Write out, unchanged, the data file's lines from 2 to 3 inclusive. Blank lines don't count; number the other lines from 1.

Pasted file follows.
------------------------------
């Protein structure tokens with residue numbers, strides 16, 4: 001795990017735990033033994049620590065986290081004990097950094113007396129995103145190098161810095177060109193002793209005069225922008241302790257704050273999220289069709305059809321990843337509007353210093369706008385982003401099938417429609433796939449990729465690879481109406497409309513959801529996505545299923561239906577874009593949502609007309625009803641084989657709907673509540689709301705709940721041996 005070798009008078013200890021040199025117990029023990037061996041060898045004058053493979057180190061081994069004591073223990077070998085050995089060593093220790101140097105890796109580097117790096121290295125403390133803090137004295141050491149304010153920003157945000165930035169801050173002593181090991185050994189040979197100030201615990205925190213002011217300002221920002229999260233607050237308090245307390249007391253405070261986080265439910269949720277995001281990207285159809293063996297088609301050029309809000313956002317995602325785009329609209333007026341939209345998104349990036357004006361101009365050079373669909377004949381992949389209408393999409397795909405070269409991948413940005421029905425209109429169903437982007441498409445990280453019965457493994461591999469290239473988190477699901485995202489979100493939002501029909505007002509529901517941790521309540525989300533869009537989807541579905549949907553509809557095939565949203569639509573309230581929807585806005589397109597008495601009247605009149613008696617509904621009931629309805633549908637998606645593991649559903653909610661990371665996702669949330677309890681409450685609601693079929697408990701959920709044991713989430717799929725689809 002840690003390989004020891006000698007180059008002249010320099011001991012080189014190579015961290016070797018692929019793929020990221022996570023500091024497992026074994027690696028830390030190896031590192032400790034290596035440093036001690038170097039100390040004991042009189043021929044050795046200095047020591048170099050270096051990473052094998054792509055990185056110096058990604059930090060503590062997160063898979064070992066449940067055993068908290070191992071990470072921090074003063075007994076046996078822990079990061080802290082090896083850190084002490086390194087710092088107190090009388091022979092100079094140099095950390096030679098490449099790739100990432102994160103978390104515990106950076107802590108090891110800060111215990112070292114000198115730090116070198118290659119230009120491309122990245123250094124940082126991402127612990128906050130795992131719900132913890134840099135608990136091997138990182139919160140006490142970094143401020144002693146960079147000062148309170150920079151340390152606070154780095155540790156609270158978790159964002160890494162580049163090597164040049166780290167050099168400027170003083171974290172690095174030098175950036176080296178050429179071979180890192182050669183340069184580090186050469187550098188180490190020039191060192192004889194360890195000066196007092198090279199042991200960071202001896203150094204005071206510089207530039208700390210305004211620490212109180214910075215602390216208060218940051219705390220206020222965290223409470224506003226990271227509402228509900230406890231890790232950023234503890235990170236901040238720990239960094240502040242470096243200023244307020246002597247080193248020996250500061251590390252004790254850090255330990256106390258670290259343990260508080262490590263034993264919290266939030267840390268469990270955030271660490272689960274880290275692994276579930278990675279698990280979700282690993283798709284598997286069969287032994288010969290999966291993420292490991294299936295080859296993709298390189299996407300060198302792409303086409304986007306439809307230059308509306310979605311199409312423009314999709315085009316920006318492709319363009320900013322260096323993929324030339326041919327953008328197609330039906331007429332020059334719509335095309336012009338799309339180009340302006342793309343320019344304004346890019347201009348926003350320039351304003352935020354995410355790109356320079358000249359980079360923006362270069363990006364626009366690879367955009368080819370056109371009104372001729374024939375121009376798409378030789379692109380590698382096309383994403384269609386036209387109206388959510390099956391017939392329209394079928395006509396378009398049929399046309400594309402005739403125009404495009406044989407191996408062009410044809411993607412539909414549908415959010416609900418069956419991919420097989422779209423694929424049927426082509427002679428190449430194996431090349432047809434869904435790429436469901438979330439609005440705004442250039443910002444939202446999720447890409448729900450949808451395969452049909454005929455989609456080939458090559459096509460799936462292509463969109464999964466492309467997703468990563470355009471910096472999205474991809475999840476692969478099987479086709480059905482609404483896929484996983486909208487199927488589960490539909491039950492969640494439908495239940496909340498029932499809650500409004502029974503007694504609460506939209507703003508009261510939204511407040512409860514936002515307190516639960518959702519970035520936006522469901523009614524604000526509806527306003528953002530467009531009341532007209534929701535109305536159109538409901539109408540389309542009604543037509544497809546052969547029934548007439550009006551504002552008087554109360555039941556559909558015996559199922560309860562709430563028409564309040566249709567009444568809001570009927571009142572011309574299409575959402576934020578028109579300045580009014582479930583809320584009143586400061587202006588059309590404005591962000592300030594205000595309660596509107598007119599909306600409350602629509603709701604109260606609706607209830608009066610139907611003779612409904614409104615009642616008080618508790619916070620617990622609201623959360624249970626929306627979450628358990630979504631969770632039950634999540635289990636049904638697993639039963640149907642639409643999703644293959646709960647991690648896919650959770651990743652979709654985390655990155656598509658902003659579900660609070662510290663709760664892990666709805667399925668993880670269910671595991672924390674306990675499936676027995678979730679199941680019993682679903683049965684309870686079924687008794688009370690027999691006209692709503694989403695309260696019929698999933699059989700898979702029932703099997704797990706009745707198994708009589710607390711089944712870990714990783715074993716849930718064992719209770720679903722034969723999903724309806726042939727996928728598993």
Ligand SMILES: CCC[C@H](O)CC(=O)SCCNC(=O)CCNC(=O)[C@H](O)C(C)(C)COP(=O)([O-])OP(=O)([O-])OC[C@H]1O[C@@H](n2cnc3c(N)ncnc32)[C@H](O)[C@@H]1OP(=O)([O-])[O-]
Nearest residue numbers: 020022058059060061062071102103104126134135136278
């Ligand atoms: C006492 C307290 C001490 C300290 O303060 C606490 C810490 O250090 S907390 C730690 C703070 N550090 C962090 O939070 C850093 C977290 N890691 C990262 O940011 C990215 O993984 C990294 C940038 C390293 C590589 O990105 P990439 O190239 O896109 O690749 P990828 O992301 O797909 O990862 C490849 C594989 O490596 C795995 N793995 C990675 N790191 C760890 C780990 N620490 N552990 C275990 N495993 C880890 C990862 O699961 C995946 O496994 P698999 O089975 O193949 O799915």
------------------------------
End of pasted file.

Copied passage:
Ligand SMILES: CCC[C@H](O)CC(=O)SCCNC(=O)CCNC(=O)[C@H](O)C(C)(C)COP(=O)([O-])OP(=O)([O-])OC[C@H]1O[C@@H](n2cnc3c(N)ncnc32)[C@H](O)[C@@H]1OP(=O)([O-])[O-]
Nearest residue numbers: 020022058059060061062071102103104126134135136278